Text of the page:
Sorry, I should have put a smiley or halo emoticon. I disagree with all the point you made in what I quoted, but I think there's room for disagreement. I'm about burnt out on the Scripture canon debates though
Meh. The technical Jewish "canon" wasn't closed until
the Masoretic Text, and so the argument can be made that those books weren't technically part of the canon, since one didn't exist yet. However, they are included in many, many early manuscripts, and were found in most versions of the Septuagint, which was used by the Church from the beginning.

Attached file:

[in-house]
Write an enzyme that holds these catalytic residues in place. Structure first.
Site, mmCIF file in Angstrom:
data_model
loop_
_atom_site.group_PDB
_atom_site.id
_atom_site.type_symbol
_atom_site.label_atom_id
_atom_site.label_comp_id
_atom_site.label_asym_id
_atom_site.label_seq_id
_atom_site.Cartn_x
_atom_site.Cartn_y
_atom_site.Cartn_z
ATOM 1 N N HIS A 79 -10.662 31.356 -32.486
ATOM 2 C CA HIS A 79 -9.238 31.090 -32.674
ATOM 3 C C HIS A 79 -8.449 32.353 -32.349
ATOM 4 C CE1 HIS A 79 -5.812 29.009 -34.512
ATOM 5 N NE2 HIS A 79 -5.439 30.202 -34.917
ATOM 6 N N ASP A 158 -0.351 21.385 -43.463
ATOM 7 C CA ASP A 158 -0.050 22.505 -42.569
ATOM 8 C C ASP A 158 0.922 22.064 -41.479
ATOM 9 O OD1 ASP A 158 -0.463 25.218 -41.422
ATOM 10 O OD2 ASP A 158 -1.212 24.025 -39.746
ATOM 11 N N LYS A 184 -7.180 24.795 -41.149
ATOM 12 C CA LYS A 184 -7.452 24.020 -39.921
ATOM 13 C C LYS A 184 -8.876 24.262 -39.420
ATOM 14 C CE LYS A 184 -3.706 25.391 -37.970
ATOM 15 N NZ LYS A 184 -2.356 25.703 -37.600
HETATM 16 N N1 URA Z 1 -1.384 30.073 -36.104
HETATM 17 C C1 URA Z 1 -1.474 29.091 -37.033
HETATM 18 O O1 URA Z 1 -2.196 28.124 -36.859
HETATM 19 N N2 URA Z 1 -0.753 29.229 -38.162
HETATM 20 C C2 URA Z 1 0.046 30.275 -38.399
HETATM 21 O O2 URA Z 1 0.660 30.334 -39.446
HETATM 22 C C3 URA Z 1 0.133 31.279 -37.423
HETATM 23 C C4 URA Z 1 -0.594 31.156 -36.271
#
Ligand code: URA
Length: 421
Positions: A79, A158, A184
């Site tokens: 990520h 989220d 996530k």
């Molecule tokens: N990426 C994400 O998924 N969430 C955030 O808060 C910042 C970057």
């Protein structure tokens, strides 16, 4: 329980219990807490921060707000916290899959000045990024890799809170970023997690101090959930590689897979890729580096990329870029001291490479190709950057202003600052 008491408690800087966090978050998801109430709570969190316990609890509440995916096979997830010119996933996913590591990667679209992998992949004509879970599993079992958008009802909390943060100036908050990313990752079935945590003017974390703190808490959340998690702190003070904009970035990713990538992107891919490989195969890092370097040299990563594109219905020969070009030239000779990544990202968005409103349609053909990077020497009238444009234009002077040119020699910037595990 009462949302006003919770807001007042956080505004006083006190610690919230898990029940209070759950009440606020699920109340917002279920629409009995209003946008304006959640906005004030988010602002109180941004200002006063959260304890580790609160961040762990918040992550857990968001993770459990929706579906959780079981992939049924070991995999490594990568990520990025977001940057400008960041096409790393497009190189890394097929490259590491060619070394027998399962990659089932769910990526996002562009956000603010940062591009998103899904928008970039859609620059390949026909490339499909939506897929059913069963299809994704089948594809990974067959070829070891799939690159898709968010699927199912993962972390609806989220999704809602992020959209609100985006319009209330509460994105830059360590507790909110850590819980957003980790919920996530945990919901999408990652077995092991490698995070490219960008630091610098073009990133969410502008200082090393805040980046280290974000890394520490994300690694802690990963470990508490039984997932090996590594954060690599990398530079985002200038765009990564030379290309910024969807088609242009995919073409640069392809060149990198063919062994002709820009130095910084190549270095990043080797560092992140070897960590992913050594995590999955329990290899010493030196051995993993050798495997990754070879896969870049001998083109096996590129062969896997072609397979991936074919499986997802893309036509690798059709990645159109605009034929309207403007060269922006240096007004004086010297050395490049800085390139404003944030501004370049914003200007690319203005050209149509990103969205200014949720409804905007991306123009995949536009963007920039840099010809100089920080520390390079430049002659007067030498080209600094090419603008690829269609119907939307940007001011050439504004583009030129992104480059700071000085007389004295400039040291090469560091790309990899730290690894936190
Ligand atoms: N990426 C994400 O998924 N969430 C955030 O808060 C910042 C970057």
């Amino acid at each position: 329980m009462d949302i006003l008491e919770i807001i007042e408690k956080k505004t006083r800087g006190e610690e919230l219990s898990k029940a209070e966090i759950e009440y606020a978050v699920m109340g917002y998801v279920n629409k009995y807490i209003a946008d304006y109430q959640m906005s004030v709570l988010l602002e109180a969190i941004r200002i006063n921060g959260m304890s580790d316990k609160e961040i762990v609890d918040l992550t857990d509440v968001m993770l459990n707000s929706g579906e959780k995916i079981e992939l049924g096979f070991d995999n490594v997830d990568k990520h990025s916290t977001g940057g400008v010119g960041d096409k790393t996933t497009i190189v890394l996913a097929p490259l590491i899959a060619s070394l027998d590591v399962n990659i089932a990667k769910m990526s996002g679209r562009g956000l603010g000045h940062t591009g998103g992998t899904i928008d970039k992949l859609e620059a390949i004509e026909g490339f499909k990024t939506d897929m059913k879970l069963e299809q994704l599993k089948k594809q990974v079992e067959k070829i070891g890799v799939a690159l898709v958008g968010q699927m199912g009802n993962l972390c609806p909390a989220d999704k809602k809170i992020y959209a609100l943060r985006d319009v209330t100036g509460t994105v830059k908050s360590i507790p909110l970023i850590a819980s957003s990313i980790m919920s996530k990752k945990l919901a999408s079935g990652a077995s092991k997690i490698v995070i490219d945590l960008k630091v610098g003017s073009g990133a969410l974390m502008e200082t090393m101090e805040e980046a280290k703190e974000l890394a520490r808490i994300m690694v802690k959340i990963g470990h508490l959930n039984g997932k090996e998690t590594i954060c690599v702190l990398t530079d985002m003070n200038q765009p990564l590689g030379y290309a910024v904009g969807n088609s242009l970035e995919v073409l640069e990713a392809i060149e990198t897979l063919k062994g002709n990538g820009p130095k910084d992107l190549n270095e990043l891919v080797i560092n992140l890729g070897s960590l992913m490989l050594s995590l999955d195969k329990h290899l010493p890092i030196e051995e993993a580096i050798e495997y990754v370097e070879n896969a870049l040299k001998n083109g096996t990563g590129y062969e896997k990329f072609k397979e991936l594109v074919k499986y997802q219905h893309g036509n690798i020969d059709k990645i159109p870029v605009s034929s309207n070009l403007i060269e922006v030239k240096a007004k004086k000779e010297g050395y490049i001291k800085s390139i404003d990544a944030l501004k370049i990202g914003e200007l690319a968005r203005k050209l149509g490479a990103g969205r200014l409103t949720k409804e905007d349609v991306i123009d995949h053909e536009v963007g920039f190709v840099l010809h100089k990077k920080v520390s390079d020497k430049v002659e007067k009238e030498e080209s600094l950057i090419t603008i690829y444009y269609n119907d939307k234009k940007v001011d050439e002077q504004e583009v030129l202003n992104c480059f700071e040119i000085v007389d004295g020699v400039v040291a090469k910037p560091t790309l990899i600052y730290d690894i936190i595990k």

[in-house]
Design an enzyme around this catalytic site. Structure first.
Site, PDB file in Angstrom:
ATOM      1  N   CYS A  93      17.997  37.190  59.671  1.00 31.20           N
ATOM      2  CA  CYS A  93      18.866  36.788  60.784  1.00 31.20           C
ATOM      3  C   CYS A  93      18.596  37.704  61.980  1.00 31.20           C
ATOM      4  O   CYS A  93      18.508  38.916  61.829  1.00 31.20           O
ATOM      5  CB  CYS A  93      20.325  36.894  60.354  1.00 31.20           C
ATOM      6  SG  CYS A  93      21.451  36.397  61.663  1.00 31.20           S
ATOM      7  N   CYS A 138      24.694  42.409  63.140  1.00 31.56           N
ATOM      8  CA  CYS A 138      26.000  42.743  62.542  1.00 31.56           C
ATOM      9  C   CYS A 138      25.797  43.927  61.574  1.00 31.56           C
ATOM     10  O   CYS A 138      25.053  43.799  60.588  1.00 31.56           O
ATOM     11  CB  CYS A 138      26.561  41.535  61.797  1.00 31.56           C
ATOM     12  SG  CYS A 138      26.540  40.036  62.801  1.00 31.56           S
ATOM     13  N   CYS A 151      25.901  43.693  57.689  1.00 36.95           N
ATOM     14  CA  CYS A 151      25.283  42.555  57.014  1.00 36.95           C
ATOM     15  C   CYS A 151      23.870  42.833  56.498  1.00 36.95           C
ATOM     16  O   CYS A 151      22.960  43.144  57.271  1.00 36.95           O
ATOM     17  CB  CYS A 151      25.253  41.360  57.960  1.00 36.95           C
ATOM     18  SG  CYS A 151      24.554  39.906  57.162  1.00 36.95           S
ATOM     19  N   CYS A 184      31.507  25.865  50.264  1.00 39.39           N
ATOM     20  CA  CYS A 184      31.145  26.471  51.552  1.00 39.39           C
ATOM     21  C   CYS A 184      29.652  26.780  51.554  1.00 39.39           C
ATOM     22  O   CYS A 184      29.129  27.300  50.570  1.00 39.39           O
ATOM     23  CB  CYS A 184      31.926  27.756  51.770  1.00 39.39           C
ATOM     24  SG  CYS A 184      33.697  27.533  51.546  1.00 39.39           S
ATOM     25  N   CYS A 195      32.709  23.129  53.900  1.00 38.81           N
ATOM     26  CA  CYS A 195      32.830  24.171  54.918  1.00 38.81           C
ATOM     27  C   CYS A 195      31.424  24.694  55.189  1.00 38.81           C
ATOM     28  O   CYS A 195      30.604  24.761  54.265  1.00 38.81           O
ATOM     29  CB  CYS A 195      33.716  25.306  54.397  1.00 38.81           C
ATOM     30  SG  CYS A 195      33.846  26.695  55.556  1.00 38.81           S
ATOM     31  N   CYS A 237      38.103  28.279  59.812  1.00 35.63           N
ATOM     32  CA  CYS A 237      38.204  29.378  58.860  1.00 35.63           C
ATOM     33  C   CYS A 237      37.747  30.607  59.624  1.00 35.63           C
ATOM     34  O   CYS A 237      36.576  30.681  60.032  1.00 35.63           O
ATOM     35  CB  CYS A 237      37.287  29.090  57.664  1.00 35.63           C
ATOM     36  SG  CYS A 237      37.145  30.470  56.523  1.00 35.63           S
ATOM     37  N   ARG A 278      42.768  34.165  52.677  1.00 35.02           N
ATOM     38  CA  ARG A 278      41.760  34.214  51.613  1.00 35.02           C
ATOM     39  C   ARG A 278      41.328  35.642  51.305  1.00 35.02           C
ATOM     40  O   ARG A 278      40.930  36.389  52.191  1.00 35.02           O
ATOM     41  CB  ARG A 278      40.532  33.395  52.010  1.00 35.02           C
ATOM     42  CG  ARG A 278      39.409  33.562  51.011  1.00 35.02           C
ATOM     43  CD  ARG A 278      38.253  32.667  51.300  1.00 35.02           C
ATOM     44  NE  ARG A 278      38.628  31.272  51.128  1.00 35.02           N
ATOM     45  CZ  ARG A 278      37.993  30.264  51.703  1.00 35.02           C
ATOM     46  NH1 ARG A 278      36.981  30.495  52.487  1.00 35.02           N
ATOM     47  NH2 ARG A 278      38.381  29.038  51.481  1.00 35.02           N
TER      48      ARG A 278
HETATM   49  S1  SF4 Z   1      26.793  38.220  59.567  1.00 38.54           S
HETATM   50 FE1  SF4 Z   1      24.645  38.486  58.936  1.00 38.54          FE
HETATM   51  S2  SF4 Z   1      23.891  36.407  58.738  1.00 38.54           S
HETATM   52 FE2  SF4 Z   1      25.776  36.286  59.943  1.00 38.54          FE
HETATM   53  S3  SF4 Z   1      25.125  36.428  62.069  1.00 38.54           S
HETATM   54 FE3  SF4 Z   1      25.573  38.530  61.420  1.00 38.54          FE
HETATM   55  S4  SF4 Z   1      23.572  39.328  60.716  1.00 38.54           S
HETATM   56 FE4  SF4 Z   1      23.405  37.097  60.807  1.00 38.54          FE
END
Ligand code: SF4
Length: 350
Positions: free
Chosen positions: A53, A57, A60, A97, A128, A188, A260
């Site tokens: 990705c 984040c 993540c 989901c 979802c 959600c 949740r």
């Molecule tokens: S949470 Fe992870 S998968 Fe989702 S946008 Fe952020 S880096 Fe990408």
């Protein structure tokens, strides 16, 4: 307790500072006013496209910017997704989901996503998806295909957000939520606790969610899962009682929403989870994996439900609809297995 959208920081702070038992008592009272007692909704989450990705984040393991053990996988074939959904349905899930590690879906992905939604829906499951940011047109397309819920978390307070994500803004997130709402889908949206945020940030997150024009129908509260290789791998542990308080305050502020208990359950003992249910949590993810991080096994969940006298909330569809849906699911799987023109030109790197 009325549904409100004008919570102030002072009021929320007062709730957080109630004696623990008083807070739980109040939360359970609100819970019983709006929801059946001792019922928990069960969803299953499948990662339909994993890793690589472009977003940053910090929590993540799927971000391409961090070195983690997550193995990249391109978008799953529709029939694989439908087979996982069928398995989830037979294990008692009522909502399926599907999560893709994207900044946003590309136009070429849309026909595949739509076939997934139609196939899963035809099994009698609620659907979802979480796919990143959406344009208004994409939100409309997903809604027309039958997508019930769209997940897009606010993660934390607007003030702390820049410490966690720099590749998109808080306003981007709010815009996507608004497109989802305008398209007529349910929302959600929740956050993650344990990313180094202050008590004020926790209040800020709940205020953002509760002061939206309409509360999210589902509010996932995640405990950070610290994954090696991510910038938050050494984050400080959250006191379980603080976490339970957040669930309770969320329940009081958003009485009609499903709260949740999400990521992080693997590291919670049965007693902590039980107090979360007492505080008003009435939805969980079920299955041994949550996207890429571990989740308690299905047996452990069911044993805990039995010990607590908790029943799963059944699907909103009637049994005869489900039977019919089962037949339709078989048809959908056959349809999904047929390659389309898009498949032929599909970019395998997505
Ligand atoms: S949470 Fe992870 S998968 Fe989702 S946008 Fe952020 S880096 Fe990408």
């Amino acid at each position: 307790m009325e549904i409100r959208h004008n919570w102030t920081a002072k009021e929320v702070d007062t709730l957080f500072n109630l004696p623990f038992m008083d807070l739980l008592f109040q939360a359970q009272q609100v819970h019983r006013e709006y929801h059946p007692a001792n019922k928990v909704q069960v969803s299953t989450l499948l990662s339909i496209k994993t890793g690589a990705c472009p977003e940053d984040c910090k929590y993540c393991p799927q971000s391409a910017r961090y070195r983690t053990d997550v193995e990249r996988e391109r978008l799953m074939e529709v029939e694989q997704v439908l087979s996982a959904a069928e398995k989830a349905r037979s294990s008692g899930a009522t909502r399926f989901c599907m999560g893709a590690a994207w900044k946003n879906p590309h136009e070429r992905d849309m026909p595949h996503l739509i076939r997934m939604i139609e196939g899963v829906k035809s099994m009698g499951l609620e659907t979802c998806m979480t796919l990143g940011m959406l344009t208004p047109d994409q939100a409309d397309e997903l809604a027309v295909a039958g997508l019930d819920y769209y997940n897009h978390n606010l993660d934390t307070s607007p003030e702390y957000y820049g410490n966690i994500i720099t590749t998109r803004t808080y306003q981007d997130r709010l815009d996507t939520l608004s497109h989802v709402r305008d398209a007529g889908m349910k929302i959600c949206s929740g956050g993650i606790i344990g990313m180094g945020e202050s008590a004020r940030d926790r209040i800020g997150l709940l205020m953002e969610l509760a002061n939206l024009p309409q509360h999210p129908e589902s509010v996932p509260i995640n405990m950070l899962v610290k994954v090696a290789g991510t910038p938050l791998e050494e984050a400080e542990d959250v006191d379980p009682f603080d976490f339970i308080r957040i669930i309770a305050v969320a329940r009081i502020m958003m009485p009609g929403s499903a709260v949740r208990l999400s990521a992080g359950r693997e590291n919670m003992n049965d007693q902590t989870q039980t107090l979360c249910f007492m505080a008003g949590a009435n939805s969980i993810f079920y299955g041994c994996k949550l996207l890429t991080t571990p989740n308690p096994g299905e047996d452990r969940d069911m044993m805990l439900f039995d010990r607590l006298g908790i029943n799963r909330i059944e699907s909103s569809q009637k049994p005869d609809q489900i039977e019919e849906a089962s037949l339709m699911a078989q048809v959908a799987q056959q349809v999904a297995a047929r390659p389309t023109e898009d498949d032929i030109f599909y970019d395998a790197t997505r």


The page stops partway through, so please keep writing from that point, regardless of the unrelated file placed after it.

Perhaps you have disagreements beyond those semantics. I'll gladly talk about them, or not. I would agree that there probably is room for disagreement. We aren't sola scripturists, so we don't have to nitpick the canon. I just don't like that certain books are regulated to a secondary status, when they are included in the Scriptures and are read liturgically like any other book of the canon (which was the defining point between "protocanonical" and "deuterocanonical" books when the canon was being further defined).
But, I digress.